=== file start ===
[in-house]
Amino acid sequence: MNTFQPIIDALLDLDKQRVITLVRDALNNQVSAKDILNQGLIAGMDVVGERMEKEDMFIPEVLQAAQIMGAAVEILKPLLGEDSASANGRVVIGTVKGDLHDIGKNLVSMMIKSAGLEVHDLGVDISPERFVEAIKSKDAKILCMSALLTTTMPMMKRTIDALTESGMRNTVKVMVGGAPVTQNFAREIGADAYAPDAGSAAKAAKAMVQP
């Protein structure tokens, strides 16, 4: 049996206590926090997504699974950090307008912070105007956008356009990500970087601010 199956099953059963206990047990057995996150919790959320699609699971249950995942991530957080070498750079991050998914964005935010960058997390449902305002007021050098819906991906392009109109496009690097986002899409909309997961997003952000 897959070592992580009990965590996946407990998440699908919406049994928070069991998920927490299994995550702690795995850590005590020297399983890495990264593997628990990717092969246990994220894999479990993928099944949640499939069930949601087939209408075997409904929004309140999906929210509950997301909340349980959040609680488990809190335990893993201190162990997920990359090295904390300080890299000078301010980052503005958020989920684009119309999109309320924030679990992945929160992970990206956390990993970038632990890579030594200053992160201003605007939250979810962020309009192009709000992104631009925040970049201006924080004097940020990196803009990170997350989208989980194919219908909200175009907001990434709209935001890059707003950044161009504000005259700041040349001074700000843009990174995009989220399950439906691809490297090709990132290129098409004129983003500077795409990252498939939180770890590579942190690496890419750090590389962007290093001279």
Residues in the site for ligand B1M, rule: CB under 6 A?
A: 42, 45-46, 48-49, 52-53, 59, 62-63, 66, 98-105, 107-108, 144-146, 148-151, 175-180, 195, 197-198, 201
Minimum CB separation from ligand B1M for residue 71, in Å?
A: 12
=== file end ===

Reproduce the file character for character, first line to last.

[in-house]
Amino acid sequence: MNTFQPIIDALLDLDKQRVITLVRDALNNQVSAKDILNQGLIAGMDVVGERMEKEDMFIPEVLQAAQIMGAAVEILKPLLGEDSASANGRVVIGTVKGDLHDIGKNLVSMMIKSAGLEVHDLGVDISPERFVEAIKSKDAKILCMSALLTTTMPMMKRTIDALTESGMRNTVKVMVGGAPVTQNFAREIGADAYAPDAGSAAKAAKAMVQP
């Protein structure tokens, strides 16, 4: 049996206590926090997504699974950090307008912070105007956008356009990500970087601010 199956099953059963206990047990057995996150919790959320699609699971249950995942991530957080070498750079991050998914964005935010960058997390449902305002007021050098819906991906392009109109496009690097986002899409909309997961997003952000 897959070592992580009990965590996946407990998440699908919406049994928070069991998920927490299994995550702690795995850590005590020297399983890495990264593997628990990717092969246990994220894999479990993928099944949640499939069930949601087939209408075997409904929004309140999906929210509950997301909340349980959040609680488990809190335990893993201190162990997920990359090295904390300080890299000078301010980052503005958020989920684009119309999109309320924030679990992945929160992970990206956390990993970038632990890579030594200053992160201003605007939250979810962020309009192009709000992104631009925040970049201006924080004097940020990196803009990170997350989208989980194919219908909200175009907001990434709209935001890059707003950044161009504000005259700041040349001074700000843009990174995009989220399950439906691809490297090709990132290129098409004129983003500077795409990252498939939180770890590579942190690496890419750090590389962007290093001279």
Residues in the site for ligand B1M, rule: CB under 6 A?
A: 42, 45-46, 48-49, 52-53, 59, 62-63, 66, 98-105, 107-108, 144-146, 148-151, 175-180, 195, 197-198, 201
Minimum CB separation from ligand B1M for residue 71, in Å?
A: 12